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So, Um...Where are They Already?
On January 14, our friends at Frito Lay promised to have their brand new soy-tastic low carb Doritos out by spring. It's May, people. Spring started over six weeks ago, and still no low carb nacho-flavored triangles are on the shelves at our local markets. Where are our beloved Doritos Edge chips? The company insists the new fiber-filled munchies will be available nationwide this month. The Doritos web site merely offers up video clips from Nelly Furtado and not a peep about their "de-carbed" snacks. As always, we'll keep you posted.
Out of the Frying Pan & Into the Oven?
KFC, the chain formerly known as Kentucky Fried Chicken, is the next to join the ranks of fast food joints trying to "health-up" (yes, another new phrase we coined) their menus. Responding to weak sales, the Colonel is now changing his tune. As of May 10, he'll de-emphasize chicken cooked with that fatty goo coating and hawk (get it?) a new menu full of salads, wraps and more. These new light options will feature lean oven roasted chicken breast. Impressive! Soon maybe everybody will need a little KFC.
Wendy's Says Buh Bye to Buns
Jumping on the low-carb bandwagon, Wendy's is test-marketing bunless burgers in six cities. Instead of pushing the "lettuce bun" we've heard so much about as of late, the freckled redhead will introduce a new line of burgers and chicken items that are served on a bed of romaine lettuce, topped with slices of tomato and red onion (can you say salad?). Instead of fries, Wendy's will serve their new bunless sandwiches (salads) with, um, a side caesar salad. Let's just hope they remember to remove the croutons from that baby before they tout it as "low carb." Test markets include Tulsa, Virginia Beach, Salt Lake City, Kansas City , St. Joseph, and Wichita.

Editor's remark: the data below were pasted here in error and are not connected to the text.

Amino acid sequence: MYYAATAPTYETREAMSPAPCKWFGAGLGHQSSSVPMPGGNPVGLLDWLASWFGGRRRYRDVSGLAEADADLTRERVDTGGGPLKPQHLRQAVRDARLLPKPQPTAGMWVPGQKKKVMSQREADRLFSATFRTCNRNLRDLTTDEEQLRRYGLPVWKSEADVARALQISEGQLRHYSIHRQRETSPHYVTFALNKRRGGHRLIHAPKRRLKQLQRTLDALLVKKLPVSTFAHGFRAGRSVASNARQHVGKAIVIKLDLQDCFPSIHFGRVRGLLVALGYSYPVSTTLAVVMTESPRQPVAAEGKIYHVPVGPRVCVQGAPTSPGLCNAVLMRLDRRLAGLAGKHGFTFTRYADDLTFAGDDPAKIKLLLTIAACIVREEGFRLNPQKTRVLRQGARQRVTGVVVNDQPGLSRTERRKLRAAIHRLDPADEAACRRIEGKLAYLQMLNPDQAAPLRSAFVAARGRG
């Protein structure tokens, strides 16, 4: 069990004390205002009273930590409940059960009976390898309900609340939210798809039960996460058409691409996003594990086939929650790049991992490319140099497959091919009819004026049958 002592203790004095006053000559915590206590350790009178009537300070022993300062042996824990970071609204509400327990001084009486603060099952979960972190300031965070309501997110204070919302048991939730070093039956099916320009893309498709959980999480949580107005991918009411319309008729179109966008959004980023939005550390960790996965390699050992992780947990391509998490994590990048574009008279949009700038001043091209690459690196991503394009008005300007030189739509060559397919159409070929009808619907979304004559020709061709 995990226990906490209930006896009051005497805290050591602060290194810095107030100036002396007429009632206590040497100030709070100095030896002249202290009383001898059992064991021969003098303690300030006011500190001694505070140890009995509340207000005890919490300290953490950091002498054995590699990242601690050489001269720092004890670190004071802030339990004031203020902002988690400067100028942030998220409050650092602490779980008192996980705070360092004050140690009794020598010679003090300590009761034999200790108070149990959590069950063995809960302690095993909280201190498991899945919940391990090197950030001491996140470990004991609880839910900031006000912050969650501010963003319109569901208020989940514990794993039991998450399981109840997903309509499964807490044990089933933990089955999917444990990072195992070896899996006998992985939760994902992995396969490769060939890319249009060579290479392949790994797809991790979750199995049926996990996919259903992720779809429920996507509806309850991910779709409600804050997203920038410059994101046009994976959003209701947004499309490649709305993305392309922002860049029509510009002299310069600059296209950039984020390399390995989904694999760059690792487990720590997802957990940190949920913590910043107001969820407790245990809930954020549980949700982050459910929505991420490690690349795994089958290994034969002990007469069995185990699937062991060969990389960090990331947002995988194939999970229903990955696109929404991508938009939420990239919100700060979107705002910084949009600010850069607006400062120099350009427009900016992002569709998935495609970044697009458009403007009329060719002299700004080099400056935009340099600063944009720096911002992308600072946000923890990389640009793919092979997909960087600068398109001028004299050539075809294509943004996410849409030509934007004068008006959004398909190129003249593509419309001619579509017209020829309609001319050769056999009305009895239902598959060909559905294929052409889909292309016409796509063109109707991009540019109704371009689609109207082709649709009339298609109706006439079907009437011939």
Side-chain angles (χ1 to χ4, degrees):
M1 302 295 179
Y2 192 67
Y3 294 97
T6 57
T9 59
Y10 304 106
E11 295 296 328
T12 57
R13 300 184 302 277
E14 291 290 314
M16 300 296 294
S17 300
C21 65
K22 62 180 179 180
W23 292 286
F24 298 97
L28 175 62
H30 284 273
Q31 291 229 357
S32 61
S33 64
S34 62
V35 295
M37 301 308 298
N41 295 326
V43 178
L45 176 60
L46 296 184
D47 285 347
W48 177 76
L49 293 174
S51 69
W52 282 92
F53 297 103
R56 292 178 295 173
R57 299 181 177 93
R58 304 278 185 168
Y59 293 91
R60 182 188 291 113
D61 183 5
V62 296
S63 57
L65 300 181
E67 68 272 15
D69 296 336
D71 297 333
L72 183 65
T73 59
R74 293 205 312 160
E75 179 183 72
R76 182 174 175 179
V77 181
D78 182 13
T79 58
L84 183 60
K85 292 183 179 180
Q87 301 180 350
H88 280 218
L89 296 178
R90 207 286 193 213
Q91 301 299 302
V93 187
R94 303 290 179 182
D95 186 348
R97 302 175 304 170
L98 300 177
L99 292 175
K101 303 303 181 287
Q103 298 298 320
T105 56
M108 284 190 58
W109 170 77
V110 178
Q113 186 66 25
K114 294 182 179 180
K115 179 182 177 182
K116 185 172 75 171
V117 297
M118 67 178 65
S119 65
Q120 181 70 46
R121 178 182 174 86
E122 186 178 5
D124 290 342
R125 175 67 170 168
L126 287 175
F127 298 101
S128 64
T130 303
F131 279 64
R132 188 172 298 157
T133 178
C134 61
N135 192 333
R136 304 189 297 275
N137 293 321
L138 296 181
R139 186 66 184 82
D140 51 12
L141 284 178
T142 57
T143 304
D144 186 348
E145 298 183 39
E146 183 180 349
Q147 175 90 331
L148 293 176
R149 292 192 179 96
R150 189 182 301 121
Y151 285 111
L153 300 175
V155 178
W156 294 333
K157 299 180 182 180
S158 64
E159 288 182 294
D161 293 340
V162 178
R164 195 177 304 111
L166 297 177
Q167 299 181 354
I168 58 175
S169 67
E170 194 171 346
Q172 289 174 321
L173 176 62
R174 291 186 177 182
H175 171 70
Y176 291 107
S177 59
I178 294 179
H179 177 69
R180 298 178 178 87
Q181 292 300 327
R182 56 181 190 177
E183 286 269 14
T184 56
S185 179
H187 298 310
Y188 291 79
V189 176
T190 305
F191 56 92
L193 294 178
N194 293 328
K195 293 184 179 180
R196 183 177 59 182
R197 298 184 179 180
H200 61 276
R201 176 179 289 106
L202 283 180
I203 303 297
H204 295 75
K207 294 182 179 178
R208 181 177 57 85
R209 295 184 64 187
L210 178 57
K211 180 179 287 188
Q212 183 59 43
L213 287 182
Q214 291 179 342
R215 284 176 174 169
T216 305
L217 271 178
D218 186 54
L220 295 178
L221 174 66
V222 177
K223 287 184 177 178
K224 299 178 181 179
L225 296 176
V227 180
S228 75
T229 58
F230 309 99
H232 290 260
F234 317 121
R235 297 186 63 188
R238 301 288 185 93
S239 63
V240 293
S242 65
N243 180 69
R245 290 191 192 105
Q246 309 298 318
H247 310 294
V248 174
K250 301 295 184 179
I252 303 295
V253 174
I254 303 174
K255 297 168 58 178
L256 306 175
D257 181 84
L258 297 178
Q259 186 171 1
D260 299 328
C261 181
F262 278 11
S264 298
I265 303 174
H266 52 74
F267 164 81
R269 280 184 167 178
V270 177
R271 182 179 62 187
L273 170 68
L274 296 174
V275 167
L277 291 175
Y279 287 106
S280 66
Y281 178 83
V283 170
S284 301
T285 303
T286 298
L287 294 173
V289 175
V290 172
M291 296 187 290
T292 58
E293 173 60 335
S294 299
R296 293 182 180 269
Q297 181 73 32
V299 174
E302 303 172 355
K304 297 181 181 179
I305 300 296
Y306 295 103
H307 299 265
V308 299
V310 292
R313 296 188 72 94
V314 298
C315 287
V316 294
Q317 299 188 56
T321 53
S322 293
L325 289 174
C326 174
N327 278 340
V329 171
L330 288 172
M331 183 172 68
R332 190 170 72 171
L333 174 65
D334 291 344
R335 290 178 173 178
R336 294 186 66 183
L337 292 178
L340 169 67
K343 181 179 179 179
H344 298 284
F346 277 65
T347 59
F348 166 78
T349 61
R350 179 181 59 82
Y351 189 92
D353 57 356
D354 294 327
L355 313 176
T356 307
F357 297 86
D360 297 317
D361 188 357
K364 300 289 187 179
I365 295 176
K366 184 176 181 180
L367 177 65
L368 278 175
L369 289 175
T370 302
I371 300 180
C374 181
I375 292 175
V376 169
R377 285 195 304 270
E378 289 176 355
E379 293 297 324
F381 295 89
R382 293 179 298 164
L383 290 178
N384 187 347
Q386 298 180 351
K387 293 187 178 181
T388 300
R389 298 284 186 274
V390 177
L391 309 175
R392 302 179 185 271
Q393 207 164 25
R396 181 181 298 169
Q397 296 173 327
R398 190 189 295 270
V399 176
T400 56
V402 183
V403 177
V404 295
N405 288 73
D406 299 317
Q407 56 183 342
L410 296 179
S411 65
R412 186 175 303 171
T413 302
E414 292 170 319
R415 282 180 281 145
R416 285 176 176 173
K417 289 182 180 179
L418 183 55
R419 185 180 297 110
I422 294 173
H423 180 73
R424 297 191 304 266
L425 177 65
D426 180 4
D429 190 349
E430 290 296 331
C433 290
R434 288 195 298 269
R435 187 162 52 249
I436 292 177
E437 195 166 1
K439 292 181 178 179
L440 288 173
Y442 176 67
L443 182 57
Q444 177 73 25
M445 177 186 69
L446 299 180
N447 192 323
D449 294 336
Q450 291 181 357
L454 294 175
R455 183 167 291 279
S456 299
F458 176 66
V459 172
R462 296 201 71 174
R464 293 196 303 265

News for the Distracted
Don't blame MTV for your short attention span, ladies. A new study suggests that a diet deficient of iron could be the cause of your lack of ability to concentrate or focus. A Penn State study showed that women who were iron-deficient performed way worse on memory and attention tests than women with diets rich in iron. The solution? An iron supplement is all it takes to correct the problem. If you avoid eating beef, oysters, soybeans or other foods rich in the mineral, you may want to look into an over-the-counter option (that is, of course, if you're still reading this).
CHEW ON THIS: May is National Salad Month. Celebrate with lots of healthy salads, but remember, not all so-called "light" salad dressings are really low in fat, calories or carbs. Many are just as fatty & carb-filled as regular dressings. Read labels carefully!
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